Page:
Mongolia: Issues for Congress Susan V. Lawrence

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Published: June 14th 2011

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Mongolia: Issues for Congress  by  Susan V. Lawrence

Mongolia: Issues for Congress by Susan V. Lawrence
June 14th 2011 | Kindle Edition | PDF, EPUB, FB2, DjVu, audiobook, mp3, RTF | | ISBN: | 10.45 Mb

Mongolia is a sparsely populated young democracy in a remote part of Asia, sandwiched between two powerful large neighbors, China and Russia. It made its transition to democracy peacefully in 1990, after nearly 70 years as a Soviet satellite state.MoreMongolia is a sparsely populated young democracy in a remote part of Asia, sandwiched between two powerful large neighbors, China and Russia.

It made its transition to democracy peacefully in 1990, after nearly 70 years as a Soviet satellite state. Congress has shown a strong interest in Mongolia’s development since, through the funding of assistance programs, ratification of a bilateral investment treaty, legislation to extend permanent normal trade relations, and passage of six resolutions commending Mongolia’s progress and supporting strong U.S.-Mongolia relations.

Mongolia’s president, Tsakhia Elbegdorj, is scheduled to visit the White House and Capitol Hill on June 16, 2011.Congressional interest is Mongolia has been strong in large part because of the country’s story of democratic development. Since passing a democratic constitution in 1992, Mongolia has held five direct presidential elections and five direct parliamentary elections.

The State Department credits Mongolia’s current government with “generally respect[ing]” freedoms of speech, press, assembly, and association. Mongolia’s democracy has sometimes been chaotic, however, and the 2008 parliamentary election was marred by violence that claimed five lives. Corruption is a mounting concern for many observers.On the economic front, a mining boom is predicted to make Mongolia’s economy the fastest growing in the world by 2013.

(The World Bank’s annual GDP growth rate projection for Mongolia in 2013 is 22.9%.) Mongolia’s mineral wealth, including significant reserves of coal, copper, gold, and uranium, offers investment opportunities for American companies.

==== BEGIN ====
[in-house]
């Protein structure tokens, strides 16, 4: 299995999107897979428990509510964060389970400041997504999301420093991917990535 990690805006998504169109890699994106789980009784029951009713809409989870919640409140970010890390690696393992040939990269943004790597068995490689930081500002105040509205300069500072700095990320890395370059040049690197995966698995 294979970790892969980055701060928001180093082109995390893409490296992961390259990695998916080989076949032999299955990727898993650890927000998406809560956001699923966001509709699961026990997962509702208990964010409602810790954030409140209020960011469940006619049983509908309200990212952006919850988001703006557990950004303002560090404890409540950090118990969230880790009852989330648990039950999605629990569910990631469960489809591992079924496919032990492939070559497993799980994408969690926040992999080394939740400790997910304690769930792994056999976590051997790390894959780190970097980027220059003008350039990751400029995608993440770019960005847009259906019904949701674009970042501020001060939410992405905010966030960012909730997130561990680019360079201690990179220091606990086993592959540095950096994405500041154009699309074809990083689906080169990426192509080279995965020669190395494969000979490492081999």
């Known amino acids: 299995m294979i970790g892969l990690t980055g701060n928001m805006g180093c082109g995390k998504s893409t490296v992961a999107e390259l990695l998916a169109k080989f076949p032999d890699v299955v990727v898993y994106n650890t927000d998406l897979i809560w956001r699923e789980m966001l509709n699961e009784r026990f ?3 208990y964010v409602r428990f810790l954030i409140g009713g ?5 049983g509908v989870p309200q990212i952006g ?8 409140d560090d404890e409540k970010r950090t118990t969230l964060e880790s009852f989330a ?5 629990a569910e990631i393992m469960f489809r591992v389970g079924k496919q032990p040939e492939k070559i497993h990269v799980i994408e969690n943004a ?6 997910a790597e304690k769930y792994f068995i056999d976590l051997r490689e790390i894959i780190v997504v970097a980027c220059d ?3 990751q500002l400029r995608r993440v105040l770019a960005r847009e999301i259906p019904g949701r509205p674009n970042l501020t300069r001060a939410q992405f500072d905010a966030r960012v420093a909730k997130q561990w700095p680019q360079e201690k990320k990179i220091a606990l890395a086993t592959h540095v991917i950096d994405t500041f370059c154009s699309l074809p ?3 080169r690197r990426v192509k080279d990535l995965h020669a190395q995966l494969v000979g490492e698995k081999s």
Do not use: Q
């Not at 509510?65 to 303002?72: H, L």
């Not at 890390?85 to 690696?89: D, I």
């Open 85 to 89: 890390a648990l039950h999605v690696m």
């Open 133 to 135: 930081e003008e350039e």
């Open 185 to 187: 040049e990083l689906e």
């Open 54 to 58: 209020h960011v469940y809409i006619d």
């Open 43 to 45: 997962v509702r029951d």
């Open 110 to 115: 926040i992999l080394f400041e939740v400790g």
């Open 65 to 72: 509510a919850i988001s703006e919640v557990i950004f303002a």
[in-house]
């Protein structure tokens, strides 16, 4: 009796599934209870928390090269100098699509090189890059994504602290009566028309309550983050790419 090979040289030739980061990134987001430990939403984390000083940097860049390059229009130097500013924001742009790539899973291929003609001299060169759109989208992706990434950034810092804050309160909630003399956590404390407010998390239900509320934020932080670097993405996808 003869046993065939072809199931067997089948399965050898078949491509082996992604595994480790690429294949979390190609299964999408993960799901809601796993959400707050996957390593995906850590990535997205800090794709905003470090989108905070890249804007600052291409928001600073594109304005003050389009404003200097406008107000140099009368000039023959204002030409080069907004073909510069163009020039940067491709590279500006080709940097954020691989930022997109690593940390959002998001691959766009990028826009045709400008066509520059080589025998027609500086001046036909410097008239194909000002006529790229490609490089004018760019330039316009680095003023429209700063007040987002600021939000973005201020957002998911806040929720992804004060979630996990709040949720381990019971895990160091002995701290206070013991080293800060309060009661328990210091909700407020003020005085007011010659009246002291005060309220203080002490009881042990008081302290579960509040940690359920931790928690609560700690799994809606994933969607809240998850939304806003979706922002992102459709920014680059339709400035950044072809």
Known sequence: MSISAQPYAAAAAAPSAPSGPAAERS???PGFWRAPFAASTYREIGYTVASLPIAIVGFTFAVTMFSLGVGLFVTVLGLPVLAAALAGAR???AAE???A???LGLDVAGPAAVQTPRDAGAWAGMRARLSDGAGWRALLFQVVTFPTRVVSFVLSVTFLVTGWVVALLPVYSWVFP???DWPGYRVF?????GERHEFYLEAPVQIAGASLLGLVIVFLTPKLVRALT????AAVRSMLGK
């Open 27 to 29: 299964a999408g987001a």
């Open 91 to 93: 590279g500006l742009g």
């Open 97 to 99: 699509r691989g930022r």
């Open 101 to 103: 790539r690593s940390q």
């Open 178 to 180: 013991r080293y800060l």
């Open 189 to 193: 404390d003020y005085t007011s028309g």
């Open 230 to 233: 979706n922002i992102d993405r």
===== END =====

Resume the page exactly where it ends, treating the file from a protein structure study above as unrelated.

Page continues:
The U.S. Embassy in Mongolia has, however, raised concerns about Mongolia’s investment climate, which it sees as non-transparent, unpredictable, and potentially “expropriatory.” The United States and Mongolia are negotiating a transparency agreement that could address some U.S. concerns.To balance the influence of its two large neighbors, China and Russia, Mongolia has embraced an active foreign policy designed to raise its international profile and win it the support of friends far from its borders.

It was among the first nations to join the coalition for the Iraq War, deploying troops in Iraq from 2003 to 2008. Its troops have been deployed in Afghanistan since 2003.Mongolia is an active participant in many international organizations, in which it often supports U.S. positions. In 1992, Mongolia declared itself a single-state nuclear-weapons-free zone- establishing the zone in international law has been a major goal of Mongolia’s foreign policy. China has emerged as Mongolia’s largest trading partner and foreign investor, although each country remains wary of the other.

Russia is Mongolia’s largest source of energy products, and is cooperating with Mongolia in development of Mongolia’s uranium reserves. To ensure its continued independence and sovereignty, Mongolia has also prioritized the development of relations with so-called “third neighbors,” countries that do not border Mongolia, but have close ties to Mongolia. That list includes the United States, Japan, Korea, Germany, and India.This report is divided into three main sections. The first discusses Mongolia’s democratic development. The second discusses economic issues, and the third discusses Mongolia’s engagement with the world.

Appendix A lists major legislation related to Mongolia from the 102nd Congress to the present. Appendix B lists the outcomes of Mongolia’s five direct presidential elections and five direct parliamentary elections to date. The report also includes a map of Mongolia showing major railways and the location of significant mineral deposits.



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